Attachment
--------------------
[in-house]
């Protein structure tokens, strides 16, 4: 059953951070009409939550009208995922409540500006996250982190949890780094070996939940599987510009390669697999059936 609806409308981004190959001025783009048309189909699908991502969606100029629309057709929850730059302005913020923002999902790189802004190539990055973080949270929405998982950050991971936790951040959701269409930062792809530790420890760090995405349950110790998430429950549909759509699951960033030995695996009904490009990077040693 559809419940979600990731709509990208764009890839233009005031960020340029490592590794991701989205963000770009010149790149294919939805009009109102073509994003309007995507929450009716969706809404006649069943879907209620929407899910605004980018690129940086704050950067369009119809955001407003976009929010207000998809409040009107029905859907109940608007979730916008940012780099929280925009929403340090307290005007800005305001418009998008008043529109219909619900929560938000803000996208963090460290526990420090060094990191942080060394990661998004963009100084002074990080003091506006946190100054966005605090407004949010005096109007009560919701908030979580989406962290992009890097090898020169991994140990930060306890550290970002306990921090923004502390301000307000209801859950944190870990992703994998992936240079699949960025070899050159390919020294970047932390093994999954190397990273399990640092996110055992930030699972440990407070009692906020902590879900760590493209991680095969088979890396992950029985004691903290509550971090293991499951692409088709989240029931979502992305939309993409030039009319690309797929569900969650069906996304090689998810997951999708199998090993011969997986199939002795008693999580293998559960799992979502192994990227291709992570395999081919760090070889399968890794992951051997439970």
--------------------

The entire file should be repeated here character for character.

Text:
[in-house]
């Protein structure tokens, strides 16, 4: 059953951070009409939550009208995922409540500006996250982190949890780094070996939940599987510009390669697999059936 609806409308981004190959001025783009048309189909699908991502969606100029629309057709929850730059302005913020923002999902790189802004190539990055973080949270929405998982950050991971936790951040959701269409930062792809530790420890760090995405349950110790998430429950549909759509699951960033030995695996009904490009990077040693 559809419940979600990731709509990208764009890839233009005031960020340029490592590794991701989205963000770009010149790149294919939805009009109102073509994003309007995507929450009716969706809404006649069943879907209620929407899910605004980018690129940086704050950067369009119809955001407003976009929010207000998809409040009107029905859907109940608007979730916008940012780099929280925009929403340090307290005007800005305001418009998008008043529109219909619900929560938000803000996208963090460290526990420090060094990191942080060394990661998004963009100084002074990080003091506006946190100054966005605090407004949010005096109007009560919701908030979580989406962290992009890097090898020169991994140990930060306890550290970002306990921090923004502390301000307000209801859950944190870990992703994998992936240079699949960025070899050159390919020294970047932390093994999954190397990273399990640092996110055992930030699972440990407070009692906020902590879900760590493209991680095969088979890396992950029985004691903290509550971090293991499951692409088709989240029931979502992305939309993409030039009319690309797929569900969650069906996304090689998810997951999708199998090993011969997986199939002795008693999580293998559960799992979502192994990227291709992570395999081919760090070889399968890794992951051997439970």